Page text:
NASCAR will offer live in-car camera feeds of every car in this weekend’s NASCAR Cup Series race

BSI cameras stream free feeds to NASCAR Drive digital products

NASCAR will make some history this weekend. For the first time, every car on the field of a NASCAR race will be equipped with a live in-car camera.

It will happen this Sunday at the Hollywood Casino 400 at Kansas Speedway, a NASCAR Cup Series playoff race that will air on the USA Network beginning at 3 pm ET.

NASCAR will have in-car cameras on every car on the field of a race for the first time at the NASCAR Cup Series Playoffs race in Kansas City this Sunday. (All photos: NASCAR)

“People tune in to a race and want to see what the driver is going through,” he says. Steve Stum, vice president of operations and technical production, NASCAR. “What is the driver seeing? It’s very important for our sport, and for all races, to see that.”

While all of these sources are available to NBC Sports for use on the live broadcast, this effort is designed in large part for NASCAR’s suite of digital products. Each of the in-car camera feeds will be available to stream live on NASCAR Drive, NASCAR’s live race day hub on both NASCAR.com and the NASCAR mobile app. Those video streams are sent to NASCAR Drive through Amazon Web Services (AWS).

“Our goal is to deliver an immersive experience for the most passionate fans in all of sports, no matter where they are.” Tim Clark, NASCAR Senior Vice President and Chief Digital Officerhe said in an official statement on Thursday morning. “We know the important role second screens play in the overall viewing experience. So providing live video from inside each car and along with leaderboards, performance data, pit stats, live betting odds and more is something we’re excited about.”

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NASCAR worked with its longtime partner in automotive camera technology, BSI (Broadcast Sports International, owned by NEP Broadcast Services), and NASCAR’s in-house competition team (led by Senior Vice President of Innovation and Career Development, John Probst) to make this feat possible. It included an upgrade to the car’s camera network to 1080p and ensured that the design of NASCAR’s new Next Gen car, which debuted at the start of the 2022 season, would accommodate a standard camera mount near the rearview mirror.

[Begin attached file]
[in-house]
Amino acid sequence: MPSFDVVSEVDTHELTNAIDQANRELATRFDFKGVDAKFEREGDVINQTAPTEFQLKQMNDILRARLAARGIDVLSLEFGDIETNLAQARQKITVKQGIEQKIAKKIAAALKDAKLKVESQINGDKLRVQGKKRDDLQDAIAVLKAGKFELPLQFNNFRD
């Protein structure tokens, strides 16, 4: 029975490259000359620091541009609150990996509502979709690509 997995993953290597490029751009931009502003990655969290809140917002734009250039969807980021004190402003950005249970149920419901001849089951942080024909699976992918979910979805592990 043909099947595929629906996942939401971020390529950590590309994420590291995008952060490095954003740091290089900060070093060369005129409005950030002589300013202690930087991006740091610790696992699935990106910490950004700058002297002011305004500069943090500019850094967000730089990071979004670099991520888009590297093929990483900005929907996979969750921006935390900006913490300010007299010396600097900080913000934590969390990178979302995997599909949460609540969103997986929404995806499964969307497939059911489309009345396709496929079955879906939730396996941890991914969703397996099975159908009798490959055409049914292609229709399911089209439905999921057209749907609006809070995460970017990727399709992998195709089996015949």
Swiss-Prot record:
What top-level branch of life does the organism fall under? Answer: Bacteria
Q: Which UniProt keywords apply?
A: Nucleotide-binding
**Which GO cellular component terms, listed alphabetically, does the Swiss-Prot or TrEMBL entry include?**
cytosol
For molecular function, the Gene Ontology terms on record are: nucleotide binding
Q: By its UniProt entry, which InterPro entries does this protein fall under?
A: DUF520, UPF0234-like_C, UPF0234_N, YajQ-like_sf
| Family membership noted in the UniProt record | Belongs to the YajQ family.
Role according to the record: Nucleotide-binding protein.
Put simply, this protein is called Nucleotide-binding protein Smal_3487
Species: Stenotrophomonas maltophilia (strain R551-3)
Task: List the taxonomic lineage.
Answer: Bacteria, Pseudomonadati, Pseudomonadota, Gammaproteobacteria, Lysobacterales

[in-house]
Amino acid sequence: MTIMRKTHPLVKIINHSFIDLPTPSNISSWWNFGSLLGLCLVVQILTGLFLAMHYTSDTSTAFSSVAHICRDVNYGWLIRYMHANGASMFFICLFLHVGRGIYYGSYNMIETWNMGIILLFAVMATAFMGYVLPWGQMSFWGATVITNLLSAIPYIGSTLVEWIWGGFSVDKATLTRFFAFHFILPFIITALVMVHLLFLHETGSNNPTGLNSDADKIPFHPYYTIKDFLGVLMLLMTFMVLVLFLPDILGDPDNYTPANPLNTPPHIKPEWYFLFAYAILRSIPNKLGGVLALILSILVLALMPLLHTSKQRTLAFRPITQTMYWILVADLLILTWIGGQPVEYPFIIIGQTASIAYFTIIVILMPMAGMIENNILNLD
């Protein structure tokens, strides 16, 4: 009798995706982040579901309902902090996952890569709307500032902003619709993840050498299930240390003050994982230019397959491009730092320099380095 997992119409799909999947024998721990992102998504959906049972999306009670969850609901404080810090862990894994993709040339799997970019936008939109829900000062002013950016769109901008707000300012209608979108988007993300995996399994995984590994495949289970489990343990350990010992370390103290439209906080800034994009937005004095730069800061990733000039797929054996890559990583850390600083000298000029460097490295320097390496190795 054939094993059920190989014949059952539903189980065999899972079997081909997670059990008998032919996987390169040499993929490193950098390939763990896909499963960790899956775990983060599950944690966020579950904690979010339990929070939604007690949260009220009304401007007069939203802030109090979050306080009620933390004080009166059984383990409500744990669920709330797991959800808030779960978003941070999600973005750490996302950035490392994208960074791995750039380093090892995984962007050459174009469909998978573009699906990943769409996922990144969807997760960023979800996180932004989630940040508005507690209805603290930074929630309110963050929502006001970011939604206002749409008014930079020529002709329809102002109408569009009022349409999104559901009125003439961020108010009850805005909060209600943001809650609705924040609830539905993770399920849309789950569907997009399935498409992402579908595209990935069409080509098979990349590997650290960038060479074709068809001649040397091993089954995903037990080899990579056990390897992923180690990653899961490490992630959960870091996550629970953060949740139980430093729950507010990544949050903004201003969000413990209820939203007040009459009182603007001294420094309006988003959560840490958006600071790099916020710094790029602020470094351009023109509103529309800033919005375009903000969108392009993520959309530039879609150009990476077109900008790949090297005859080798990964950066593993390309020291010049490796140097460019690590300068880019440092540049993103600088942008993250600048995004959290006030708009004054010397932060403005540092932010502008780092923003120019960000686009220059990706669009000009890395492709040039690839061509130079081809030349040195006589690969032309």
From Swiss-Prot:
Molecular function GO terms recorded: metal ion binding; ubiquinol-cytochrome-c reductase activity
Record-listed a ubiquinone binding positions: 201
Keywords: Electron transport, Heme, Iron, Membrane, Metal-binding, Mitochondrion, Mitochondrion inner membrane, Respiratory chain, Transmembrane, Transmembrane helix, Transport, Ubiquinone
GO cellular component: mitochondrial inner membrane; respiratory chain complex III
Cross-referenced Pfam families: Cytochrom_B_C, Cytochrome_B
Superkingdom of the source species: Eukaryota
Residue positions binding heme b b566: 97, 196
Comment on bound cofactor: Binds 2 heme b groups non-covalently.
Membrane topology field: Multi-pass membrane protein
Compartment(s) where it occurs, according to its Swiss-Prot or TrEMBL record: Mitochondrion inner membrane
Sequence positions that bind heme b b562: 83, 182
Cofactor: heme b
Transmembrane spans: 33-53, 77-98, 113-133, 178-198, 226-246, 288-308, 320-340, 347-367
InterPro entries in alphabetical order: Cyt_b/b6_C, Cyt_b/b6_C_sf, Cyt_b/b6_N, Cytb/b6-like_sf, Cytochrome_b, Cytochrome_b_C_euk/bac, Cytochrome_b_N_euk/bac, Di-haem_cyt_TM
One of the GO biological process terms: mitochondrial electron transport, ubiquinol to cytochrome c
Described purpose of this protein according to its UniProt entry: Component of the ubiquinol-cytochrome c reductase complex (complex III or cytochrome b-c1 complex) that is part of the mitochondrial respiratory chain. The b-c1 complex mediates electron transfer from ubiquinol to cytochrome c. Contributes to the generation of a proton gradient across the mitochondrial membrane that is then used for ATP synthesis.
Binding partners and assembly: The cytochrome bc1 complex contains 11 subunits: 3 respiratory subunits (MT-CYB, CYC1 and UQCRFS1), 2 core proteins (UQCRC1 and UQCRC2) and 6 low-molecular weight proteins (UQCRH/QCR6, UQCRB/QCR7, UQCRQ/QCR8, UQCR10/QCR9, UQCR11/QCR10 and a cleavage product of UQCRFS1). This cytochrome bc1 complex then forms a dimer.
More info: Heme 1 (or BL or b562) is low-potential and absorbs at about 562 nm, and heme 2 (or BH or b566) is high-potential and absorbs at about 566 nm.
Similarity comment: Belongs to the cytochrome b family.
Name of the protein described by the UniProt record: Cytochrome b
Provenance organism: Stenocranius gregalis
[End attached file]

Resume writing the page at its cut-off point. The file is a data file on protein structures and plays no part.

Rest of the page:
“We redesigned the center of the car so we could broadcast on two different frequencies depending on where the camera was pointing,” says Stum, a veteran of NASCAR broadcasting for more than two decades. “Normal broadcast cameras work in the 1.4 GHz range and these new webcams work in the 7 GHz spectrum. So we had to work to find the spectrum and do some testing and make sure it would work in the wider spectrum. tall”.

NASCAR worked with longtime in-car camera partner Broadcast Sports International to install the cameras in each car and upgrade the overall system to 1080p.

He notes that the system has been tested in NASCAR races for most of the season and that heading into the weekend in Kansas City, the team feels confident about it.

In-car cameras have been a part of the NASCAR broadcast since the late 1970s. For many years, cameras in every race car have been a goal for NASCAR and its broadcast partners.

On February 18, 1979, CBS broadcast the entirety of the Daytona 500 live for the first time. In that broadcast, a camera, weighing nearly 50 pounds, was installed inside Benny Parsons’ car. In 1981, cars driven by Terry Labonte and Richard Childress were equipped with cameras that added the ability to pan and tilt via remote control.

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Dash cams had their biggest party in 1983 when Cale Yarborough won the Daytona 500 with another new dash cam model in his car. The camera produced an unprecedented view of him celebrating from the front dash.

In 1986, CBS gained national recognition when it won a Sports Emmy for in-car camera use in the Daytona 500. These days, NASCAR and BSI implement a robust in-car camera system that has up to four cameras, including in holes carved into the front and rear bumpers.

Feeds from all in-car cameras will be available for live streaming on NASCAR Drive, NASCAR’s live race day hub on both NASCAR.com and the NASCAR mobile app.

For those who work behind the scenes at both NBC and Fox, this weekend marks a historic milestone in live coverage of stock car racing.

“I have been in this sport for a long time and [Fox Sports SVP, Field Operations,] Mike Davis And I’ve been talking about this for about 15 years: Why isn’t there a camera in every car? says Stum. “On projects like this, you come up with ideas and wait for the technology to catch up. I think we finally had a chance to have the vision and put the package together. Cameras in all cars: it’s going to be great.”

The second race of the NASCAR playoff round of 16 will air this Sunday at 3 pm ET on the USA Network.

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